I had many versions of that conversation with successful professionals. It was as if doing well in life puts high achievers at additional risk of discontent. Which, it turns out, is exactly the case.

The (surprising) effect of time on happiness

To understand why midlife can be such a hazardous and perplexing time for high achievers, begin with a recent scientific discovery: For happiness, time matters — but not in the way you probably think.

We generally assume that time is an emotionally neutral background to life: that the clock just ticks along, and our circumstances and personalities determine our satisfaction with life. (By happiness, I mean not cheerfulness or elation or any such positive mood, but the larger, more important concept of well-being — feeling satisfied and fulfilled by our lives as a whole.)

The reality turns out to be quite different. Data from millions of people in countries and cultures around the world show that time is not neutral at all. It is more like a river current, with an independent effect on happiness all its own.

Hearing this, our next assumption may be that time works against happiness. After all, as we age, we have fewer years of life to look forward to, and more years of decline and disability.

Wrong again. When researchers factor out all the circumstantial vagaries of life — everything from income and employment to marriage and education — time’s independent effect on life satisfaction turns out to be U-shaped, with the nadir (in the U.S.) at roughly age 50.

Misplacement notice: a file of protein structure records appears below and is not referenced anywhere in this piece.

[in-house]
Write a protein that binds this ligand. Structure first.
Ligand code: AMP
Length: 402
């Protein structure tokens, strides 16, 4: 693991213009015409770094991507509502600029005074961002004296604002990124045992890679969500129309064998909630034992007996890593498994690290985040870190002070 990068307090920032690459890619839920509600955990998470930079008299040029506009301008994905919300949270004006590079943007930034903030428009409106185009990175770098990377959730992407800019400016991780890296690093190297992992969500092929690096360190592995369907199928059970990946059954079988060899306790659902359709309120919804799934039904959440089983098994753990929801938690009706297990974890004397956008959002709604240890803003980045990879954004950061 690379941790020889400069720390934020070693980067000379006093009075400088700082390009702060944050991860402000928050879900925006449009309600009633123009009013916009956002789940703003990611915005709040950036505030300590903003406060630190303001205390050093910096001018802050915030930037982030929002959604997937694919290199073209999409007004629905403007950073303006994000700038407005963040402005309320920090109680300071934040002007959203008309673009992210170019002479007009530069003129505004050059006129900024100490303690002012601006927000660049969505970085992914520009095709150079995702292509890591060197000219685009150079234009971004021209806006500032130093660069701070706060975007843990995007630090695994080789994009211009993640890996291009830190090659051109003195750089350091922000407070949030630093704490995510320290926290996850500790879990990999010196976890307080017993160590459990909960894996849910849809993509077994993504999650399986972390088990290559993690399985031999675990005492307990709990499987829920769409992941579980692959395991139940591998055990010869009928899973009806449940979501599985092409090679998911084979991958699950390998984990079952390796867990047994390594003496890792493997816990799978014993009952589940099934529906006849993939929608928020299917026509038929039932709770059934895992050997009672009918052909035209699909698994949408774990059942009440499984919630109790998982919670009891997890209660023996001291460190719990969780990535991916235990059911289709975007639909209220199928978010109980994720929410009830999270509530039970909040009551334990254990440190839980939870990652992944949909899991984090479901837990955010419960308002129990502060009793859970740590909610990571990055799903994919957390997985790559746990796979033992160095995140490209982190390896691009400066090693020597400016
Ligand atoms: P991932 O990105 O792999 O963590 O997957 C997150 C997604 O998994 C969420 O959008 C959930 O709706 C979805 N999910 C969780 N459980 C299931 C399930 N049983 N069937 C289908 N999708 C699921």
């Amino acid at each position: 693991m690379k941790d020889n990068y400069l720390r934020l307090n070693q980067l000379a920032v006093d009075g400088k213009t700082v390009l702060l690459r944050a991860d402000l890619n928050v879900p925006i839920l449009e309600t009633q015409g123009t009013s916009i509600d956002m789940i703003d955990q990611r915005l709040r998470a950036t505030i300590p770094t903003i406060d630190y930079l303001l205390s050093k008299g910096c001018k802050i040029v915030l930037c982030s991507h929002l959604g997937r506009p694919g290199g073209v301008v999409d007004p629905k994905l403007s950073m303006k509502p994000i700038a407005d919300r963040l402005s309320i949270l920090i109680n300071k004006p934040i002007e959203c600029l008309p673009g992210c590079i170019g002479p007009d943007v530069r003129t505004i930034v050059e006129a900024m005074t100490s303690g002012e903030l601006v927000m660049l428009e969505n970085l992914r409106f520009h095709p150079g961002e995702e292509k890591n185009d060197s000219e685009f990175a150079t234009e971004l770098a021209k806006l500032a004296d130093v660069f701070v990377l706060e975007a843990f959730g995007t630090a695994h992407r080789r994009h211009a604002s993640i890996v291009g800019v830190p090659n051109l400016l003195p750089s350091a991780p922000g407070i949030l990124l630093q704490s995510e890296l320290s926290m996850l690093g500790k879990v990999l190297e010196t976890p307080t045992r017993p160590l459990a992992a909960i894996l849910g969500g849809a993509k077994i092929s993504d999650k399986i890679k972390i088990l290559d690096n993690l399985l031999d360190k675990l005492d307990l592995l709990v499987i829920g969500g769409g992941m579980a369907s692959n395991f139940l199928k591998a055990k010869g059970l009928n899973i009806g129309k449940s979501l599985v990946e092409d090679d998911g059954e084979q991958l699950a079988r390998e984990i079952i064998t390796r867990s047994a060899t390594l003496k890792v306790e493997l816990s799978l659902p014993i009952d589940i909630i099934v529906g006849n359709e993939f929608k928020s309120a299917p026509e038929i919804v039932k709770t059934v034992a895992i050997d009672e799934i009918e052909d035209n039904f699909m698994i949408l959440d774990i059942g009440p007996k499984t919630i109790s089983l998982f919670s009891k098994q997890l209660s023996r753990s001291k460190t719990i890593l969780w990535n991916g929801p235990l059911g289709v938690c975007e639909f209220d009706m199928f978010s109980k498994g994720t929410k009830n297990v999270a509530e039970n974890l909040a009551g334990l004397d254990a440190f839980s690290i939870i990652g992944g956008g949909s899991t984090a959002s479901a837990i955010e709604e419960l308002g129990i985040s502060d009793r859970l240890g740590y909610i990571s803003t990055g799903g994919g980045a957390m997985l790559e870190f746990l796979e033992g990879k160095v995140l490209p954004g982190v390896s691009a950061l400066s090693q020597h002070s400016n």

In other words, time fights life satisfaction through midlife, but then it then turns around, helping us feel grateful and fulfilled right through old age. At the bottom of the curve, we often experience a multi-year funk.

When high-performing people hit the bottom of the U-shaped curve

The happiness curve is not unique to professionals. In fact, it is not even unique to humans; a version of it has been observed in chimps and orangutans. But successful professionals seem to be more likely to feel it.

Why?

High achievers are wired to be dissatisfied when we meet goals — that is the evolutionary motivation to do the next big thing — but the result is often cumulating disappointment. Year after year of finding success less fulfilling than we expected makes us pessimistic about ever attaining satisfaction. So we are simultaneously disappointed in the past and gloomy about the future.

Remember, the happiness curve is only one of factors shaping life satisfaction. People who face painful hardships may feel unhappy, but at least they will know why. By contrast, if you are a successful professional with everything to be grateful for, feeling disappointed in middle age will make no sense to you. Like Simon, you may blame yourself.

Or you may invent something to blame. When people feel dissatisfied, they naturally seek a reason. But human beings turn out to be quite poor at attributing our unhappiness, and we face a special challenge with midlife malaise, because although it is often an artifact of the aging process, it nevertheless feels as if it must be about something.

High-achieving professionals tend to make a heavy emotional investment in their careers. Faced with inexplicable discontent, they may do what Simon does (and what I did), namely fantasize about throwing away their job and starting life anew.